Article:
FOMC Launches $15BN Taper, Reiterates Inflation 'Transitory', No Rate HIke Discussion

Tyler Durden's Photo
by Tyler Durden
Wednesday, Nov 03, 2021 - 06:02 PM

Since the last FOMC statement (and press conference) on Sept 22nd, when the 't-word' was first uttered with malice, stocks have soared higher, bonds are ugly and gold and dollar are barely changed...

Source: Bloomberg

But, in what Peter Thiel calls "the most honest market we have," bitcoin has soared to new record highs since the last Fed statement...

Source: Bloomberg

As the market has ripped extremely hawkishly, implying more than 2 rate-hikes by the end of next year and pulling forward the first rate-hike expectations to June...

Source: Bloomberg

Dramatically more hawkish than The Fed's dot-plot would suggest...

Source: Bloomberg

But the market is also beginning to price in a policy error (which can be seen in the chart above also) as the yield ruve has collapsed since the last Fed statement

Source: Bloomberg

Which is something many are watching to see if Powell jawbones that down while tapering today, offering a 'bullish' reason for buying moar stonks after all.

The trajectory of the taper is widely expected to be as follows ($15 billion per month split 5/10 between MBS and TSY)...

Which fits with the market's pricing a 70% chance of a hike by June 2022 and a 97% chance of a hike by July.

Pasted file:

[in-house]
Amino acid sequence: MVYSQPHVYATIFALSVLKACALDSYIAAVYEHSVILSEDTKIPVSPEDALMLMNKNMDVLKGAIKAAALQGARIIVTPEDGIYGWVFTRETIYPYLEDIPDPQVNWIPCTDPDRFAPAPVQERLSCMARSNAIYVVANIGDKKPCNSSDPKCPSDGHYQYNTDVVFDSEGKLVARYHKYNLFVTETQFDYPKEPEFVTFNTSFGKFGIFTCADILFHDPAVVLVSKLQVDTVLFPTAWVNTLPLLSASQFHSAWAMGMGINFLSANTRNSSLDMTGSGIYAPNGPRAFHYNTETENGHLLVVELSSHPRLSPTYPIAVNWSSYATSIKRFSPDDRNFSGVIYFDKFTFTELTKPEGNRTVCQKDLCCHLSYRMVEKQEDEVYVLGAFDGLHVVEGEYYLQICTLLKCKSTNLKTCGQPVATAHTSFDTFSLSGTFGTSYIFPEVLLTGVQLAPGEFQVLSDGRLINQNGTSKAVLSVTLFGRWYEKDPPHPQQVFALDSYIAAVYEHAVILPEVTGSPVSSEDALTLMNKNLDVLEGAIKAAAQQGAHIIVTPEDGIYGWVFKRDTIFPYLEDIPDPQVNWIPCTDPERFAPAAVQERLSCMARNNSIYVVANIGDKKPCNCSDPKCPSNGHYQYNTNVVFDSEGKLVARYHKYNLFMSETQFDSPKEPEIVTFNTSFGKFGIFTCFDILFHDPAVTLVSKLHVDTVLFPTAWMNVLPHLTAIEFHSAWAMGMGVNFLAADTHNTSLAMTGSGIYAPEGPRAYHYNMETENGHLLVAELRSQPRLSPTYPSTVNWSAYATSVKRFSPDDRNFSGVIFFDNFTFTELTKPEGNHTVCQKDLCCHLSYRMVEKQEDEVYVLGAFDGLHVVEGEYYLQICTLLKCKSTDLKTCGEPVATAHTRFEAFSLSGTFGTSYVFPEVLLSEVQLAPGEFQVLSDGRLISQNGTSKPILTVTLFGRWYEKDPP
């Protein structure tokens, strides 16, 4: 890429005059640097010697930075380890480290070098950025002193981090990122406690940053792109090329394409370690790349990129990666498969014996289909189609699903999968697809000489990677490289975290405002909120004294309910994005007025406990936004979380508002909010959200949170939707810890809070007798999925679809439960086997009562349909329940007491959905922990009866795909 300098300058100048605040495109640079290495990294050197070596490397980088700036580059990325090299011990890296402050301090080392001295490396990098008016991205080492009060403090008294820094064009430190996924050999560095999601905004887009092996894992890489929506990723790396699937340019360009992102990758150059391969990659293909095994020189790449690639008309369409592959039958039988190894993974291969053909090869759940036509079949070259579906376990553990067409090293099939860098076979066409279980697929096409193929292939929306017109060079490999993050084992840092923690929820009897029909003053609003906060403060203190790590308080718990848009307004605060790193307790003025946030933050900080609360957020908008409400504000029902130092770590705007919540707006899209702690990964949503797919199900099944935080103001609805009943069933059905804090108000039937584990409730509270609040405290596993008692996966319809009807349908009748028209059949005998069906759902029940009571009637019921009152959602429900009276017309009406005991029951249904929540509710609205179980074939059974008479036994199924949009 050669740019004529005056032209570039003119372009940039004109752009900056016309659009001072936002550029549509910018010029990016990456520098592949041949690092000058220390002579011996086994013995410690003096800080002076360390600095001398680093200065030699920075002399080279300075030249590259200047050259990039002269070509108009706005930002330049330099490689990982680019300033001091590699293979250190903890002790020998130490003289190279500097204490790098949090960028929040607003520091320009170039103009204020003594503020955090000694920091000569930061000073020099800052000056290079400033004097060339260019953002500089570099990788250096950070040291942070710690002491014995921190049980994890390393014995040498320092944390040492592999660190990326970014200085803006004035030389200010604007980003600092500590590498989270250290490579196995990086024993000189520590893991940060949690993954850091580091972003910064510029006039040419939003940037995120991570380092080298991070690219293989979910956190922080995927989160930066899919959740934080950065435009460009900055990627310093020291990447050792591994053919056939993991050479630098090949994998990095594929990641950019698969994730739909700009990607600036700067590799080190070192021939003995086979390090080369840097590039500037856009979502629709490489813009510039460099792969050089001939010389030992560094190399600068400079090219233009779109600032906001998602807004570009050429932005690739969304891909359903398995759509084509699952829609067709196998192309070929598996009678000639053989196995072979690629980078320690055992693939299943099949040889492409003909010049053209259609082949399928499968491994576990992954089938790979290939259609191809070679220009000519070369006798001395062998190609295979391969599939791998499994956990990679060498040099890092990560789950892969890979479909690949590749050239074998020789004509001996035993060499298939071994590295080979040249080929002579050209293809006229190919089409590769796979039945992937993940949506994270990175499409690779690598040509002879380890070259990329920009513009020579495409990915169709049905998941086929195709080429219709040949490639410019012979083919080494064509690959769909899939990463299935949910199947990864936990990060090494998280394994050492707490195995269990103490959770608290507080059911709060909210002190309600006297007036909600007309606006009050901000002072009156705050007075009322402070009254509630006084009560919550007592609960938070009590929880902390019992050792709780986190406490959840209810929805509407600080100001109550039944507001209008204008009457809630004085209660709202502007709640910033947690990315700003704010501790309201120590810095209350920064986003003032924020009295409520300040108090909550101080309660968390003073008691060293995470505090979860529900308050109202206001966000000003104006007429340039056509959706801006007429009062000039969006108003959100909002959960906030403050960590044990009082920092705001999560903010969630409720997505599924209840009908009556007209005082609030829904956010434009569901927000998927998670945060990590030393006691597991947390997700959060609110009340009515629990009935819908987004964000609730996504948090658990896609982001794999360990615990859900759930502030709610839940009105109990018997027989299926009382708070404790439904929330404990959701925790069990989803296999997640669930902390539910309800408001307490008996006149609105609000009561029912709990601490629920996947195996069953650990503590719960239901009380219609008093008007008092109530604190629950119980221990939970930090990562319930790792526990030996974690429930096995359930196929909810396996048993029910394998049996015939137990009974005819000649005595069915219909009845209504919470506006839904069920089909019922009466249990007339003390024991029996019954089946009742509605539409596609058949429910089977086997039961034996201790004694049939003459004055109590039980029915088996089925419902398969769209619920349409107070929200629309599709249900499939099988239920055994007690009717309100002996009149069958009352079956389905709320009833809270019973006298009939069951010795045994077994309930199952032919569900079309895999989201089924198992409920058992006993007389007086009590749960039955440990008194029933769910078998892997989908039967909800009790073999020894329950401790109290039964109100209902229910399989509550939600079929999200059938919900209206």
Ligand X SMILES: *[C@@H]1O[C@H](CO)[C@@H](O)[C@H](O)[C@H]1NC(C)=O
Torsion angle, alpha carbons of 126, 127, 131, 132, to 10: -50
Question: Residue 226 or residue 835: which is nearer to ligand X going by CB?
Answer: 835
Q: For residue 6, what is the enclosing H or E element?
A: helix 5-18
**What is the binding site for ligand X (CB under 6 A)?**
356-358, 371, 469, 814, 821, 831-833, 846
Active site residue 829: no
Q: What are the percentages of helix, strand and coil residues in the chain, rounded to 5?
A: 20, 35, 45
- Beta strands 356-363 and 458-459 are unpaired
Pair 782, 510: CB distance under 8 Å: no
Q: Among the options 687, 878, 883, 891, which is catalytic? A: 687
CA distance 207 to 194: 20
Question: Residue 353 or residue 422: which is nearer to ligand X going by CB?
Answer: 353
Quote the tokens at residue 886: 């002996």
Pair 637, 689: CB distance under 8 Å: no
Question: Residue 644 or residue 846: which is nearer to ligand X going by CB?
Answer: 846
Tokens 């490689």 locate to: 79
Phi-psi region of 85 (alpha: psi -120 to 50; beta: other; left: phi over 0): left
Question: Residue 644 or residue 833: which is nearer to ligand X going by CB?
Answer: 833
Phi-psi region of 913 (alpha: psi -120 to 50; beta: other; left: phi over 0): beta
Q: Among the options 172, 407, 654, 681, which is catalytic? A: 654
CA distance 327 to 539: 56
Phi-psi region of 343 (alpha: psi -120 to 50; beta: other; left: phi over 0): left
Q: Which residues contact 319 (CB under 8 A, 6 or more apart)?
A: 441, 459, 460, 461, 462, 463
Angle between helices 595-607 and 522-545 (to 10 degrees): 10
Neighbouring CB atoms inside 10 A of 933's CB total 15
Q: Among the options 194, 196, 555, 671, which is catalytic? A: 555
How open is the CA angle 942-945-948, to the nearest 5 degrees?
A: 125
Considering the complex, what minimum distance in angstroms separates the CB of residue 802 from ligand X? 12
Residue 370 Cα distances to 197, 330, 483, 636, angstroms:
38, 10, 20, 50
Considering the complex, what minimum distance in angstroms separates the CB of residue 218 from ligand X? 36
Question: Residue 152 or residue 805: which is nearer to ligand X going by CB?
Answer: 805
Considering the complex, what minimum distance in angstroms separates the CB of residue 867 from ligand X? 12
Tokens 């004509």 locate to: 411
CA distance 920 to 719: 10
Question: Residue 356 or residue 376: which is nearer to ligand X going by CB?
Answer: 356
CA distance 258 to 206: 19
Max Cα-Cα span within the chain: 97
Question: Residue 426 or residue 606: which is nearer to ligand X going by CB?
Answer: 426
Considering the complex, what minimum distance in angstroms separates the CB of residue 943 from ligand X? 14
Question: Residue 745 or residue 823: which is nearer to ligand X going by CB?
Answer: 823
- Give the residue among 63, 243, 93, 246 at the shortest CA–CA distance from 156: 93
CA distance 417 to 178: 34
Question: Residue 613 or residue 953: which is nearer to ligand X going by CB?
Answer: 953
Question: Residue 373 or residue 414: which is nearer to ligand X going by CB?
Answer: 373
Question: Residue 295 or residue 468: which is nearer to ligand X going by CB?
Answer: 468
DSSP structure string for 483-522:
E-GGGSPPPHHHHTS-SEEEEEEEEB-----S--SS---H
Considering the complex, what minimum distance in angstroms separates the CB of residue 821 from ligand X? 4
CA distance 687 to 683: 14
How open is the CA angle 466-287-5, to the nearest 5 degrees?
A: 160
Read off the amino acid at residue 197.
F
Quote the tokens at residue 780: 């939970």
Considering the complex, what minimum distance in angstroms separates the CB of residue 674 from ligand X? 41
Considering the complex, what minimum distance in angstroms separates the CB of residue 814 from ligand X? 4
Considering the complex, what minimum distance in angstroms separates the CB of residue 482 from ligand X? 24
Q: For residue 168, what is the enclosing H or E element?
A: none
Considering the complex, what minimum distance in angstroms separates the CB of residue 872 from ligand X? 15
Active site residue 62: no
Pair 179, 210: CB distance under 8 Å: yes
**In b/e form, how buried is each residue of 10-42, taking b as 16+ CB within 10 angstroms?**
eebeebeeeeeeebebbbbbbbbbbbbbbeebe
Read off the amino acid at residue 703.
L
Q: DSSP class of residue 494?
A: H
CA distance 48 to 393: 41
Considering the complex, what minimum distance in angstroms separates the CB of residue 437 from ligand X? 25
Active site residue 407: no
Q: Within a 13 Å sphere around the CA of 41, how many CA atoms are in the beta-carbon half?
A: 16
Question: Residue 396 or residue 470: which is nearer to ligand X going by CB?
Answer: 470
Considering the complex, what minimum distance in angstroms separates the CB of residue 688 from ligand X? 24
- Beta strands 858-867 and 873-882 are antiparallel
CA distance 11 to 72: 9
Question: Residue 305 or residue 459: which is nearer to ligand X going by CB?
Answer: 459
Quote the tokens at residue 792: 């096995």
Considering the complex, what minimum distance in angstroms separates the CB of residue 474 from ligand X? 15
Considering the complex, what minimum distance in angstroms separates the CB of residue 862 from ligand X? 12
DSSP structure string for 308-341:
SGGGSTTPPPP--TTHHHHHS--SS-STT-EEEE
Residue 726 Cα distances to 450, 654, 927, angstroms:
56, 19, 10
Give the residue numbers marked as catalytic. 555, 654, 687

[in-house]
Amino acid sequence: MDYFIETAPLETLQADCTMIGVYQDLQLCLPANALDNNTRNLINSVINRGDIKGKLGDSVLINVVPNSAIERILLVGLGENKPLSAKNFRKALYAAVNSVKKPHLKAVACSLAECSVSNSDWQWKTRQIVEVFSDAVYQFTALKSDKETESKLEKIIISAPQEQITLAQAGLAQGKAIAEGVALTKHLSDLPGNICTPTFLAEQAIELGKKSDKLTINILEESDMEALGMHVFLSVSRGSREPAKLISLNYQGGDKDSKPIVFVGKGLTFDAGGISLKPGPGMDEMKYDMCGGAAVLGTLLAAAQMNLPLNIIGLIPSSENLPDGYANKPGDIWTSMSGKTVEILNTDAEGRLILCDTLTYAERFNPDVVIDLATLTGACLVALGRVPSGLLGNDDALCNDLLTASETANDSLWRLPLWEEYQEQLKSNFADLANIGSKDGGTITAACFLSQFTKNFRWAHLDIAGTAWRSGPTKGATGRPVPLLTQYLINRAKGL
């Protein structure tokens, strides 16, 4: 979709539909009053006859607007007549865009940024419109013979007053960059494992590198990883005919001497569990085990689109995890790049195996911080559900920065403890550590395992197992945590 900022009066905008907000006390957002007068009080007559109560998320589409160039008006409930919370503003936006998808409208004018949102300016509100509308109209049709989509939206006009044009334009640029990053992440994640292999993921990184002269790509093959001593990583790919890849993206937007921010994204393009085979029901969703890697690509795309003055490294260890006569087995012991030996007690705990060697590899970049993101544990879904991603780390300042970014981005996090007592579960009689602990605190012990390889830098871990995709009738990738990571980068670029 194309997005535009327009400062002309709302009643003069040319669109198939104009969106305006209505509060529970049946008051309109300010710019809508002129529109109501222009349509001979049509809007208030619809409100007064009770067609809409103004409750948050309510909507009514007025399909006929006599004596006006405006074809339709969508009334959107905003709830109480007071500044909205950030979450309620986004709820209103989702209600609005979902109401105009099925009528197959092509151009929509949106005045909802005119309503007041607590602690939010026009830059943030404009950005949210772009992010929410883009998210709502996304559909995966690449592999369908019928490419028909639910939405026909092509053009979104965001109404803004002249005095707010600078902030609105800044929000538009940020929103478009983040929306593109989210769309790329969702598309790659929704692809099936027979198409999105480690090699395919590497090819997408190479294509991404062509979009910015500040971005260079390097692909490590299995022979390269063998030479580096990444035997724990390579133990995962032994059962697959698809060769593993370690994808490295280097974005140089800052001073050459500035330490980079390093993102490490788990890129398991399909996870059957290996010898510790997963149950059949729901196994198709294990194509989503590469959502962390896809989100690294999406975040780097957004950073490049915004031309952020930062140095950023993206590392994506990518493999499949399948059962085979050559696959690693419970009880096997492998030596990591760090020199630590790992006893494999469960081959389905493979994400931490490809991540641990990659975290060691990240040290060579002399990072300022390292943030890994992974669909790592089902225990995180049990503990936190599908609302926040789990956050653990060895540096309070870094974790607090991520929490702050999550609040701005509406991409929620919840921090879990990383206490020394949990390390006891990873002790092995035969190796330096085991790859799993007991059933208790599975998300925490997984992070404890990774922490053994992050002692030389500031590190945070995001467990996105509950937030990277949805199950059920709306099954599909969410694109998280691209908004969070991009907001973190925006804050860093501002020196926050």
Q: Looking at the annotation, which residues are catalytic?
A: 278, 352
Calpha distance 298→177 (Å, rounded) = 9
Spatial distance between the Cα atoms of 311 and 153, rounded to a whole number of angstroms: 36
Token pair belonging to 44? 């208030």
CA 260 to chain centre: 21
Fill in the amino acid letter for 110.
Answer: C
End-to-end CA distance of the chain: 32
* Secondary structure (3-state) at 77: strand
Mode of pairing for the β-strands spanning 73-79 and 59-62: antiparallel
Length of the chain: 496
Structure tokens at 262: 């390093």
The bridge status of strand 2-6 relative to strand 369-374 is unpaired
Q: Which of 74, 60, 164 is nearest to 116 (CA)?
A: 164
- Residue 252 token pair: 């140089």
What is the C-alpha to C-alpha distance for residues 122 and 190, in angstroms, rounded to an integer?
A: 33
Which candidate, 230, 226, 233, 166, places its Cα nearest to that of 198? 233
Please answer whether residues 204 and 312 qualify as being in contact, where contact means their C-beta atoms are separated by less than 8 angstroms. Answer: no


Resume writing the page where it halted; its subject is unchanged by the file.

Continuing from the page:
And The Fed delivered with taper starting in November at $15 billion per month:

The statement says that the Committee “decided to begin reducing the monthly pace of its net asset purchases by $10 billion for Treasury securities and $5 billion for agency mortgage-backed securities..”

The pace of tapering “will likely be appropriate each month,” but the board “is prepared to adjust the pace of purchases if warranted by changes in the economic outlook,” the statement says.

The Fed seems less confident in its transitory view, changing the statement from:

“Inflation is elevated, largely reflecting transitory factors"

"Inflation is elevated, largely reflecting factors that are expected to be transitory."

Offering some explanation for inflation also:

“Supply and demand imbalances related to the pandemic and the reopening of the economy have contributed to sizable price increases in some sectors.”

All of which suggests a more hawkish/concerned bias on inflation.

So will the aggression of dip-buyers slow somewhat as the trajectory of the Fed balance sheet shows...

And now to the press conference, how many times will Powell proclaim "tapering is not tightening"?

*  *  *

Full Redline below: